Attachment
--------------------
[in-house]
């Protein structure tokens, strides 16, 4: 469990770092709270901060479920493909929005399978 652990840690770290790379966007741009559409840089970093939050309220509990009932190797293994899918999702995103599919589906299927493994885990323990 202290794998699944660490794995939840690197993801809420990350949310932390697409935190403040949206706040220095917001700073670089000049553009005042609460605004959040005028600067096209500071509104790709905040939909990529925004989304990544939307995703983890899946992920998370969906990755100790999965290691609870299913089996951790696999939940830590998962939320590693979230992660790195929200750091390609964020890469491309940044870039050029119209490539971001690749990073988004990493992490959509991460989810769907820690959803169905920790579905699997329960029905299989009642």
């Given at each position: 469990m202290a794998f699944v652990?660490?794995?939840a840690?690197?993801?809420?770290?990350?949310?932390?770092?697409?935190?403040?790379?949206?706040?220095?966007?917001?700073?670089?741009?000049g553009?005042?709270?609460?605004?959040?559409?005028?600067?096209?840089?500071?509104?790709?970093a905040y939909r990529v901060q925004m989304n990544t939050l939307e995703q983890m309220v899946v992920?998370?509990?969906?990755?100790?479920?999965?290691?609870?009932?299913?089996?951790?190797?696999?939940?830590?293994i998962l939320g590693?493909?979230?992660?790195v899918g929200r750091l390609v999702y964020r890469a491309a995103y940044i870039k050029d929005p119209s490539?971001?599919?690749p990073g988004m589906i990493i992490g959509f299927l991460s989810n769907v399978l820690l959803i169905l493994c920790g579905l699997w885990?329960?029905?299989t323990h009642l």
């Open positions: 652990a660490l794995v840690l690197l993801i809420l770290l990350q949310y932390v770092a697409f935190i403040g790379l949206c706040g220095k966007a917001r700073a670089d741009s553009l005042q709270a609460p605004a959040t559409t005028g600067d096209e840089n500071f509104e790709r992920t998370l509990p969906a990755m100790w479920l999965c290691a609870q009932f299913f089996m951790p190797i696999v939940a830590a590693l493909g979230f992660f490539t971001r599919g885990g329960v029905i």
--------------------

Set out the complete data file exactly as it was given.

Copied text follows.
[in-house]
């Protein structure tokens, strides 16, 4: 469990770092709270901060479920493909929005399978 652990840690770290790379966007741009559409840089970093939050309220509990009932190797293994899918999702995103599919589906299927493994885990323990 202290794998699944660490794995939840690197993801809420990350949310932390697409935190403040949206706040220095917001700073670089000049553009005042609460605004959040005028600067096209500071509104790709905040939909990529925004989304990544939307995703983890899946992920998370969906990755100790999965290691609870299913089996951790696999939940830590998962939320590693979230992660790195929200750091390609964020890469491309940044870039050029119209490539971001690749990073988004990493992490959509991460989810769907820690959803169905920790579905699997329960029905299989009642």
């Given at each position: 469990m202290a794998f699944v652990?660490?794995?939840a840690?690197?993801?809420?770290?990350?949310?932390?770092?697409?935190?403040?790379?949206?706040?220095?966007?917001?700073?670089?741009?000049g553009?005042?709270?609460?605004?959040?559409?005028?600067?096209?840089?500071?509104?790709?970093a905040y939909r990529v901060q925004m989304n990544t939050l939307e995703q983890m309220v899946v992920?998370?509990?969906?990755?100790?479920?999965?290691?609870?009932?299913?089996?951790?190797?696999?939940?830590?293994i998962l939320g590693?493909?979230?992660?790195v899918g929200r750091l390609v999702y964020r890469a491309a995103y940044i870039k050029d929005p119209s490539?971001?599919?690749p990073g988004m589906i990493i992490g959509f299927l991460s989810n769907v399978l820690l959803i169905l493994c920790g579905l699997w885990?329960?029905?299989t323990h009642l």
């Open positions: 652990a660490l794995v840690l690197l993801i809420l770290l990350q949310y932390v770092a697409f935190i403040g790379l949206c706040g220095k966007a917001r700073a670089d741009s553009l005042q709270a609460p605004a959040t559409t005028g600067d096209e840089n500071f509104e790709r992920t998370l509990p969906a990755m100790w479920l999965c290691a609870q009932f299913f089996m951790p190797i696999v939940a830590a590693l493909g979230f992660f490539t971001r599919g885990g329960v029905i």